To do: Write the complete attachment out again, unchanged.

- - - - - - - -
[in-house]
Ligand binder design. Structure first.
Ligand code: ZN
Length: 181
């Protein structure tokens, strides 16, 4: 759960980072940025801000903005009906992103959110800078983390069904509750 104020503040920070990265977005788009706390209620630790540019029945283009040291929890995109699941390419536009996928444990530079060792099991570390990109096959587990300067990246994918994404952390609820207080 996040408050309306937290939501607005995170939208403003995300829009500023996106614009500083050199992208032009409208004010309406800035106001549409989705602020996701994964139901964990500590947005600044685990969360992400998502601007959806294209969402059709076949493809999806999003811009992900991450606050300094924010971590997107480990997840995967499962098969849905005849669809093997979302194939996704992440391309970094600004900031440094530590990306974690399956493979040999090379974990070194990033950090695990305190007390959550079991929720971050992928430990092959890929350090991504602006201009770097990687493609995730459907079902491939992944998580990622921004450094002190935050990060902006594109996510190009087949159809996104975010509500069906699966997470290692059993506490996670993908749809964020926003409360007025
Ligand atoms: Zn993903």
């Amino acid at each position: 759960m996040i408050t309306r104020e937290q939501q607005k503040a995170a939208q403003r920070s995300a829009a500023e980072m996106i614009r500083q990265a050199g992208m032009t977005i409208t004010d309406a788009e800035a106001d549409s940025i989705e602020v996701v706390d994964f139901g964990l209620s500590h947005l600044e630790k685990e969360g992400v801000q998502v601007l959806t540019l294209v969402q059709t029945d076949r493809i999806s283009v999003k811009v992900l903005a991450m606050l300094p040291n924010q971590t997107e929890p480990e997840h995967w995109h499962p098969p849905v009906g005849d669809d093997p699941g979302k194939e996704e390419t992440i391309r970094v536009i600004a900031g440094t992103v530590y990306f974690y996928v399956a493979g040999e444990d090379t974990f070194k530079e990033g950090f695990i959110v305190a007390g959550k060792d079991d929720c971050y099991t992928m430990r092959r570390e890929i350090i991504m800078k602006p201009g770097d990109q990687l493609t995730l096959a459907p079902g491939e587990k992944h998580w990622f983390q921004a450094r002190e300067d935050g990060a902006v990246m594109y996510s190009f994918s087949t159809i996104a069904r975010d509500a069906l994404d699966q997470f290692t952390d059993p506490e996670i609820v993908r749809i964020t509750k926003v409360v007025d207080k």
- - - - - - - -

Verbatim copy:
[in-house]
Ligand binder design. Structure first.
Ligand code: ZN
Length: 181
């Protein structure tokens, strides 16, 4: 759960980072940025801000903005009906992103959110800078983390069904509750 104020503040920070990265977005788009706390209620630790540019029945283009040291929890995109699941390419536009996928444990530079060792099991570390990109096959587990300067990246994918994404952390609820207080 996040408050309306937290939501607005995170939208403003995300829009500023996106614009500083050199992208032009409208004010309406800035106001549409989705602020996701994964139901964990500590947005600044685990969360992400998502601007959806294209969402059709076949493809999806999003811009992900991450606050300094924010971590997107480990997840995967499962098969849905005849669809093997979302194939996704992440391309970094600004900031440094530590990306974690399956493979040999090379974990070194990033950090695990305190007390959550079991929720971050992928430990092959890929350090991504602006201009770097990687493609995730459907079902491939992944998580990622921004450094002190935050990060902006594109996510190009087949159809996104975010509500069906699966997470290692059993506490996670993908749809964020926003409360007025
Ligand atoms: Zn993903």
């Amino acid at each position: 759960m996040i408050t309306r104020e937290q939501q607005k503040a995170a939208q403003r920070s995300a829009a500023e980072m996106i614009r500083q990265a050199g992208m032009t977005i409208t004010d309406a788009e800035a106001d549409s940025i989705e602020v996701v706390d994964f139901g964990l209620s500590h947005l600044e630790k685990e969360g992400v801000q998502v601007l959806t540019l294209v969402q059709t029945d076949r493809i999806s283009v999003k811009v992900l903005a991450m606050l300094p040291n924010q971590t997107e929890p480990e997840h995967w995109h499962p098969p849905v009906g005849d669809d093997p699941g979302k194939e996704e390419t992440i391309r970094v536009i600004a900031g440094t992103v530590y990306f974690y996928v399956a493979g040999e444990d090379t974990f070194k530079e990033g950090f695990i959110v305190a007390g959550k060792d079991d929720c971050y099991t992928m430990r092959r570390e890929i350090i991504m800078k602006p201009g770097d990109q990687l493609t995730l096959a459907p079902g491939e587990k992944h998580w990622f983390q921004a450094r002190e300067d935050g990060a902006v990246m594109y996510s190009f994918s087949t159809i996104a069904r975010d509500a069906l994404d699966q997470f290692t952390d059993p506490e996670i609820v993908r749809i964020t509750k926003v409360v007025d207080k």